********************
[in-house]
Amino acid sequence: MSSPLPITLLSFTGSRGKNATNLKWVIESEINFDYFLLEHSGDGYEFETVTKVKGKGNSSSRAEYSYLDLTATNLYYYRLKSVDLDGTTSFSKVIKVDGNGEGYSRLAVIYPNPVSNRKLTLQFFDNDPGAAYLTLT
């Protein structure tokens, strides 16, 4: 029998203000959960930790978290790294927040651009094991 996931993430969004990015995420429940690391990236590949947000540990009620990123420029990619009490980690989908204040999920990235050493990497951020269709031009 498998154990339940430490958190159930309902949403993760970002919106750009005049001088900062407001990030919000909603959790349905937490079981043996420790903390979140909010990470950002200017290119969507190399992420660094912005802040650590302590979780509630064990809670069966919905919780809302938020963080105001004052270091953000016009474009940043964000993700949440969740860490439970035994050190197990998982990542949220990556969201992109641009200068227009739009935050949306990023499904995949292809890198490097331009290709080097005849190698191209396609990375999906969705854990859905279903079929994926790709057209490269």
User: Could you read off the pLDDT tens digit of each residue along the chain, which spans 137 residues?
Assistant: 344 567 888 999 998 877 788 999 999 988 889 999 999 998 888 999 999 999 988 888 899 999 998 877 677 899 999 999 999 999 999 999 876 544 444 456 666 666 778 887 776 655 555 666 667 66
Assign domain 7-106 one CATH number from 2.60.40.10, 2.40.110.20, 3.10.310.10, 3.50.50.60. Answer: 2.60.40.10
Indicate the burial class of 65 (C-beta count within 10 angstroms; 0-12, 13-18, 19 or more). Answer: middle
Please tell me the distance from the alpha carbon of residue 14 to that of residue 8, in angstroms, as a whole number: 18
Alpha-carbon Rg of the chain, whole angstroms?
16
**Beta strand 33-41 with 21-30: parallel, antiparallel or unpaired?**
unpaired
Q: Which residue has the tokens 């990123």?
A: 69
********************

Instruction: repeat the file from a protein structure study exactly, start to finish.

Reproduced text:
[in-house]
Amino acid sequence: MSSPLPITLLSFTGSRGKNATNLKWVIESEINFDYFLLEHSGDGYEFETVTKVKGKGNSSSRAEYSYLDLTATNLYYYRLKSVDLDGTTSFSKVIKVDGNGEGYSRLAVIYPNPVSNRKLTLQFFDNDPGAAYLTLT
């Protein structure tokens, strides 16, 4: 029998203000959960930790978290790294927040651009094991 996931993430969004990015995420429940690391990236590949947000540990009620990123420029990619009490980690989908204040999920990235050493990497951020269709031009 498998154990339940430490958190159930309902949403993760970002919106750009005049001088900062407001990030919000909603959790349905937490079981043996420790903390979140909010990470950002200017290119969507190399992420660094912005802040650590302590979780509630064990809670069966919905919780809302938020963080105001004052270091953000016009474009940043964000993700949440969740860490439970035994050190197990998982990542949220990556969201992109641009200068227009739009935050949306990023499904995949292809890198490097331009290709080097005849190698191209396609990375999906969705854990859905279903079929994926790709057209490269």
User: Could you read off the pLDDT tens digit of each residue along the chain, which spans 137 residues?
Assistant: 344 567 888 999 998 877 788 999 999 988 889 999 999 998 888 999 999 999 988 888 899 999 998 877 677 899 999 999 999 999 999 999 876 544 444 456 666 666 778 887 776 655 555 666 667 66
Assign domain 7-106 one CATH number from 2.60.40.10, 2.40.110.20, 3.10.310.10, 3.50.50.60. Answer: 2.60.40.10
Indicate the burial class of 65 (C-beta count within 10 angstroms; 0-12, 13-18, 19 or more). Answer: middle
Please tell me the distance from the alpha carbon of residue 14 to that of residue 8, in angstroms, as a whole number: 18
Alpha-carbon Rg of the chain, whole angstroms?
16
**Beta strand 33-41 with 21-30: parallel, antiparallel or unpaired?**
unpaired
Q: Which residue has the tokens 């990123």?
A: 69